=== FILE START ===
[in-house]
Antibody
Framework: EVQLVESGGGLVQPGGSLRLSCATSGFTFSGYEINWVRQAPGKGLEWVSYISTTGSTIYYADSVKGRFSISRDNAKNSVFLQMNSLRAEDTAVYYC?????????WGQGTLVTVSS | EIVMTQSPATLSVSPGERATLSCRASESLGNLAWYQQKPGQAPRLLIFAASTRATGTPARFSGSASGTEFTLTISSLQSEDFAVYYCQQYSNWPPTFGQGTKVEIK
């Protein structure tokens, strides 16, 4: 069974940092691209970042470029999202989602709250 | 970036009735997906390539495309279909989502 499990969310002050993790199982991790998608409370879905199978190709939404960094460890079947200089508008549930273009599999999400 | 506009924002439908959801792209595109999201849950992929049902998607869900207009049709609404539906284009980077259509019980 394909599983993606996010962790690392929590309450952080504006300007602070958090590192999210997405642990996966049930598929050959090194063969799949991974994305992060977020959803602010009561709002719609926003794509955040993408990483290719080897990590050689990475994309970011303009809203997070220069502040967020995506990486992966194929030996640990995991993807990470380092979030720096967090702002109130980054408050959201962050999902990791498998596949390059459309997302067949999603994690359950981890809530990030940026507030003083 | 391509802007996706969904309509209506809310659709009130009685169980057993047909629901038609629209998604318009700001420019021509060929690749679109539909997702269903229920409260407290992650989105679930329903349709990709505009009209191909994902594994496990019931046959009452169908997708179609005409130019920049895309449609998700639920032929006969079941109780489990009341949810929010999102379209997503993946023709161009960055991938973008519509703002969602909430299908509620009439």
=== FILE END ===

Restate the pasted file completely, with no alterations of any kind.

[in-house]
Antibody
Framework: EVQLVESGGGLVQPGGSLRLSCATSGFTFSGYEINWVRQAPGKGLEWVSYISTTGSTIYYADSVKGRFSISRDNAKNSVFLQMNSLRAEDTAVYYC?????????WGQGTLVTVSS | EIVMTQSPATLSVSPGERATLSCRASESLGNLAWYQQKPGQAPRLLIFAASTRATGTPARFSGSASGTEFTLTISSLQSEDFAVYYCQQYSNWPPTFGQGTKVEIK
């Protein structure tokens, strides 16, 4: 069974940092691209970042470029999202989602709250 | 970036009735997906390539495309279909989502 499990969310002050993790199982991790998608409370879905199978190709939404960094460890079947200089508008549930273009599999999400 | 506009924002439908959801792209595109999201849950992929049902998607869900207009049709609404539906284009980077259509019980 394909599983993606996010962790690392929590309450952080504006300007602070958090590192999210997405642990996966049930598929050959090194063969799949991974994305992060977020959803602010009561709002719609926003794509955040993408990483290719080897990590050689990475994309970011303009809203997070220069502040967020995506990486992966194929030996640990995991993807990470380092979030720096967090702002109130980054408050959201962050999902990791498998596949390059459309997302067949999603994690359950981890809530990030940026507030003083 | 391509802007996706969904309509209506809310659709009130009685169980057993047909629901038609629209998604318009700001420019021509060929690749679109539909997702269903229920409260407290992650989105679930329903349709990709505009009209191909994902594994496990019931046959009452169908997708179609005409130019920049895309449609998700639920032929006969079941109780489990009341949810929010999102379209997503993946023709161009960055991938973008519509703002969602909430299908509620009439």